Why Temporary Filters Are Not Removed: Clinical Predictors in 1,000 Consecutive Cases

Dustin Y. Yoon, Ashley K. Vavra, Aaron C. Eifler, Katherine Teter, Mark K. Eskandari, Robert K. Ryu, Heron E. Rodriguez*

*Corresponding author for this work

Research output: Contribution to journalArticlepeer-review

6 Scopus citations

Abstract

Background Compared to permanent inferior vena cava (IVC) filters, higher complication rates occur with long-term use of temporary IVC filters. We aimed to identify patient clinical factors at the time of placement that could predict failure to remove a temporary IVC filter. Methods A retrospective review was performed of both vascular surgery and interventional radiology prospective databases between December 2008 and December 2013. We analyzed a total number of 1,024 consecutive, temporary IVC filters stratified by whether retrieval was attempted or made permanent. Univariate, multivariate, and prediction modeling analyses with internal validation were performed on abstracted data, which included risk factors, treatment modalities, and indications for IVC filter placement. Results Of 1,024 temporary IVC filters, removal was attempted in 60% and no attempt at removal (kept permanent) in 40%. Of the 619 with attempted removal, the overall successful retrieval rate was 95%. The majority of filters were not attempted to be removed because of persistent filter indications (360 cases). Risk factors associated with IVC filter permanence included male sex, older age, history, or indication of venous thromboembolism (VTE) with inability to anticoagulate, malignancy, and neurologic condition. Risk factors most predictive of permanence in the multivariate model were malignancy (odds ratio [OR]: 3.0, P < 0.001) or neurologic disorder (OR: 2.69, P = 0.0005). Validation revealed our model had a sensitivity of 60.4% and specificity of 69.9%. Conclusions Our study shows that patients who are more likely to have a temporary IVC filter kept permanent are more likely to be older males with a history of malignancy, neurologic condition, or VTE. These factors are also predictive of permanence and can be used in our predictive model to provide insight into the significant preoperative risk factors that should play into the decision-making process.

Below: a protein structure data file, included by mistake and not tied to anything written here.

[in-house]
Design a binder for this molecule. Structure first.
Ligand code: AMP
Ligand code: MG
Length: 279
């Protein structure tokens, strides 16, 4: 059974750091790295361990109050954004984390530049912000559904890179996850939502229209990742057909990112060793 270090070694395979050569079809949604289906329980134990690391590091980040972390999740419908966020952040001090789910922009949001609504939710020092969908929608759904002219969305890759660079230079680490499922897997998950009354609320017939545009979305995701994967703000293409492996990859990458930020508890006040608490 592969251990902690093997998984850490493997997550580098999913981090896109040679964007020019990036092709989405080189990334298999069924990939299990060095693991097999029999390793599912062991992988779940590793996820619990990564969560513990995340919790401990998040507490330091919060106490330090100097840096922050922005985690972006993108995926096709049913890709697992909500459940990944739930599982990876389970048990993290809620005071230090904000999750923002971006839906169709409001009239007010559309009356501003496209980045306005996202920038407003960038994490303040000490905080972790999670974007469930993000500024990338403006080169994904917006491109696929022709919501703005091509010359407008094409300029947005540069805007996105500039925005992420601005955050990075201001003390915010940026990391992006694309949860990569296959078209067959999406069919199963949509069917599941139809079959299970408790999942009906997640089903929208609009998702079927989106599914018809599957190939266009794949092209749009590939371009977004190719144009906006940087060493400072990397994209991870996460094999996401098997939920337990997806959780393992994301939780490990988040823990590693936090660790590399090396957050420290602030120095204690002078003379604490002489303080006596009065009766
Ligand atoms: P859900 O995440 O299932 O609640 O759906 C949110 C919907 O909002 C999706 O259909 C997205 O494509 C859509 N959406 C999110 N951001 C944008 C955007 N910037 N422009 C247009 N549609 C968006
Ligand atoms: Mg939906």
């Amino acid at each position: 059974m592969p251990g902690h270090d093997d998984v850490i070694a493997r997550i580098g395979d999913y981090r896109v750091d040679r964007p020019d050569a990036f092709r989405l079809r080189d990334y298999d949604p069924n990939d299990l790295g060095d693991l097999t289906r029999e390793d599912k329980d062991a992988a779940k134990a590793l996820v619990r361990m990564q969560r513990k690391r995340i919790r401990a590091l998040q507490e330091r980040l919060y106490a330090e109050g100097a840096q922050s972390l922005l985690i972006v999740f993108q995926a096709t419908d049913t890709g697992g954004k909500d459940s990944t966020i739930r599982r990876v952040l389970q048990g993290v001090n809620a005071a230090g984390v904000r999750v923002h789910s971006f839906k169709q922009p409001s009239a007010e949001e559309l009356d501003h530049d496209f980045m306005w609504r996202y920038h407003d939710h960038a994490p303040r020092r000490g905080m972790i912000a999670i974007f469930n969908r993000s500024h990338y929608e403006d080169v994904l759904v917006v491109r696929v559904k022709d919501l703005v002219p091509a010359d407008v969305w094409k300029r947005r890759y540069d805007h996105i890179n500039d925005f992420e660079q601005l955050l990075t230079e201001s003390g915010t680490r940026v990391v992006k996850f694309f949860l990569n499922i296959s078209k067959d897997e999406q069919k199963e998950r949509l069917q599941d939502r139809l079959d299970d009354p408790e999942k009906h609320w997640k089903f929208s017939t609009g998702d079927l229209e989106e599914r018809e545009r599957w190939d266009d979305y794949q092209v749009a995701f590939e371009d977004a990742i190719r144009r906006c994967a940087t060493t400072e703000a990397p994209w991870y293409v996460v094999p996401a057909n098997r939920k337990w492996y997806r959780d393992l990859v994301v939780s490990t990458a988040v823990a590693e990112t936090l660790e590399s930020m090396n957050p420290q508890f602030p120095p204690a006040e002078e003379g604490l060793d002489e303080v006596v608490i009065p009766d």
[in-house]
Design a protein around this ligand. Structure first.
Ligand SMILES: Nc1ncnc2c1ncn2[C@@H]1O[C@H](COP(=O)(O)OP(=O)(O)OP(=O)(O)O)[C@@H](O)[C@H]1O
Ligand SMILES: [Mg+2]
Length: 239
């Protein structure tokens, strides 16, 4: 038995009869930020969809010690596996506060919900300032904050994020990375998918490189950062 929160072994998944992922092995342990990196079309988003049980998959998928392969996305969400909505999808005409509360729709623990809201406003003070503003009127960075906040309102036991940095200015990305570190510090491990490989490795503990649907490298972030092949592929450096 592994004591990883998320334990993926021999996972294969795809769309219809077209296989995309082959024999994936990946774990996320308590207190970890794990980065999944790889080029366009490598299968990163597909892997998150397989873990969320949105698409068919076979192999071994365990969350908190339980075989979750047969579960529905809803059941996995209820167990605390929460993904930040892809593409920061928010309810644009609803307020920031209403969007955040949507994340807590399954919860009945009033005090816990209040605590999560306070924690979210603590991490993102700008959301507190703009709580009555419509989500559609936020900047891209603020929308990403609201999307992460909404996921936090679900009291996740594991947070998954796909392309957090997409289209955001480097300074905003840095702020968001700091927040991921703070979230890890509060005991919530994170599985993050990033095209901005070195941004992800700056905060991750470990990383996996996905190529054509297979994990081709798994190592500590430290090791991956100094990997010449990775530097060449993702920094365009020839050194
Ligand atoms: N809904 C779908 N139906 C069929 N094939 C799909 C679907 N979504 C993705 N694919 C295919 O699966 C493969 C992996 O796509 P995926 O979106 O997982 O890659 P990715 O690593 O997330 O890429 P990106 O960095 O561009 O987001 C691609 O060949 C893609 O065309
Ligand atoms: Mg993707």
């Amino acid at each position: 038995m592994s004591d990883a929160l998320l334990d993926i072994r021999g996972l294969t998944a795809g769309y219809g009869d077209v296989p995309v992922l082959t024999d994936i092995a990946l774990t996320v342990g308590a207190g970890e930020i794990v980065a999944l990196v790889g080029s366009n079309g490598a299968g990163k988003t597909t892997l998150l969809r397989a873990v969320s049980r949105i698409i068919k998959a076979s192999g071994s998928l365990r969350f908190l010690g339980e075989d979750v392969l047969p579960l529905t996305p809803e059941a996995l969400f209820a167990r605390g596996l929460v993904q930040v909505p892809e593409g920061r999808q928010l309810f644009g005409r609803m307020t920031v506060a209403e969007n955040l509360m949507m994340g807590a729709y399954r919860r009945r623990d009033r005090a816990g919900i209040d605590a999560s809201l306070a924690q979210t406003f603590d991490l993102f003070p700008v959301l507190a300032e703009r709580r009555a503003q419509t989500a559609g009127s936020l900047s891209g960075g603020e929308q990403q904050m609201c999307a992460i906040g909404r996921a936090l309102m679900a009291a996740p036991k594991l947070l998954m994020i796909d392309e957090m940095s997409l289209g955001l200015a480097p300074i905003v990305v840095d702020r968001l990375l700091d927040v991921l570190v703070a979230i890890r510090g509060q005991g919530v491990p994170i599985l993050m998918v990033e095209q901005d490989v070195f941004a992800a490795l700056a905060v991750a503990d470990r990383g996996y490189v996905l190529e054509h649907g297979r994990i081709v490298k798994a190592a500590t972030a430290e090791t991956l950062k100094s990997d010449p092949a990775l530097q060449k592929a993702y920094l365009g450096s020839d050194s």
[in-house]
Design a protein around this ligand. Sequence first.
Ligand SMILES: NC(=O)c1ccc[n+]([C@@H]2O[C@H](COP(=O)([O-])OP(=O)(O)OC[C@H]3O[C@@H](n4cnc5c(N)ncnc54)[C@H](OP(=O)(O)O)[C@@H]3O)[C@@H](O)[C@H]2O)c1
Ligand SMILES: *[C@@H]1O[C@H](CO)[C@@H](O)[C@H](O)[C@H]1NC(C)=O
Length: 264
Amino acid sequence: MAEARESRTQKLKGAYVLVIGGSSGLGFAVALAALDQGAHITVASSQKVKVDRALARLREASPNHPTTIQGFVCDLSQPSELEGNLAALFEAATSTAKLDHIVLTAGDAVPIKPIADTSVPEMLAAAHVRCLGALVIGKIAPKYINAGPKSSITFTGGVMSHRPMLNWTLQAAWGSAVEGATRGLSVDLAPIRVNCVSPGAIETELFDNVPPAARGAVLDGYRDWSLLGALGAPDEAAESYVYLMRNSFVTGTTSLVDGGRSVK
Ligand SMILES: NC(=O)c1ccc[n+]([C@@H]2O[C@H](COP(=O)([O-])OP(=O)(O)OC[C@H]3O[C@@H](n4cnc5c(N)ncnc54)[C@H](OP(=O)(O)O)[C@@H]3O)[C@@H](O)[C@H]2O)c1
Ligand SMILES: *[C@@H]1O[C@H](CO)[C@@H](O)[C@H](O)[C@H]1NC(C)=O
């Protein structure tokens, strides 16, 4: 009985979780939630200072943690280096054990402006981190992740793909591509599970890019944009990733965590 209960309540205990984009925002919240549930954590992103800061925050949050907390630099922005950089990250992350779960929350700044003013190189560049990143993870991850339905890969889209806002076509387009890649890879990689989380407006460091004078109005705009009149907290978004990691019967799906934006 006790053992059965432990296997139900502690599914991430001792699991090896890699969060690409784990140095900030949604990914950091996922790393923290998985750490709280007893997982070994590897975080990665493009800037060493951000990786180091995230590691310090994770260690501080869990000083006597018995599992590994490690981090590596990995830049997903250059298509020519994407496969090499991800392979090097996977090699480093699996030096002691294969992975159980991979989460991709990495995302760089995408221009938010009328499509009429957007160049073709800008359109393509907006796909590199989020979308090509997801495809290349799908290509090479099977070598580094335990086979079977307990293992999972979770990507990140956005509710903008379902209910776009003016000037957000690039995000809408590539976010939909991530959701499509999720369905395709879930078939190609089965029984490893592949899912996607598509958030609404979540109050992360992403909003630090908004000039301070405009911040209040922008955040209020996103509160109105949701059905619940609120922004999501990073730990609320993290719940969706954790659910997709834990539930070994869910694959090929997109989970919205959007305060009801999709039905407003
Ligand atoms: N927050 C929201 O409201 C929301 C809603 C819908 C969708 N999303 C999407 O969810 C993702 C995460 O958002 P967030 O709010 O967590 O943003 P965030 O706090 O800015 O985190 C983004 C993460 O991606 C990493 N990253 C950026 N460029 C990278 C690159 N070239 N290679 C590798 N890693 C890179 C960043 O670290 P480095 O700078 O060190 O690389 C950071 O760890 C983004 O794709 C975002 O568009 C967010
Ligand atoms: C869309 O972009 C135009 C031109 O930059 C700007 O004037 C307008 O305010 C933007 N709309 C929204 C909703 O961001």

Original languageEnglish (US)
Pages (from-to)64-70
Number of pages7
JournalAnnals of vascular surgery
Volume42
DOIs
StatePublished - Jul 2017

ASJC Scopus subject areas

  • Surgery
  • Cardiology and Cardiovascular Medicine

Fingerprint Dive into the research topics of 'Why Temporary Filters Are Not Removed: Clinical Predictors in 1,000 Consecutive Cases'. Together they form a unique fingerprint.

Cite this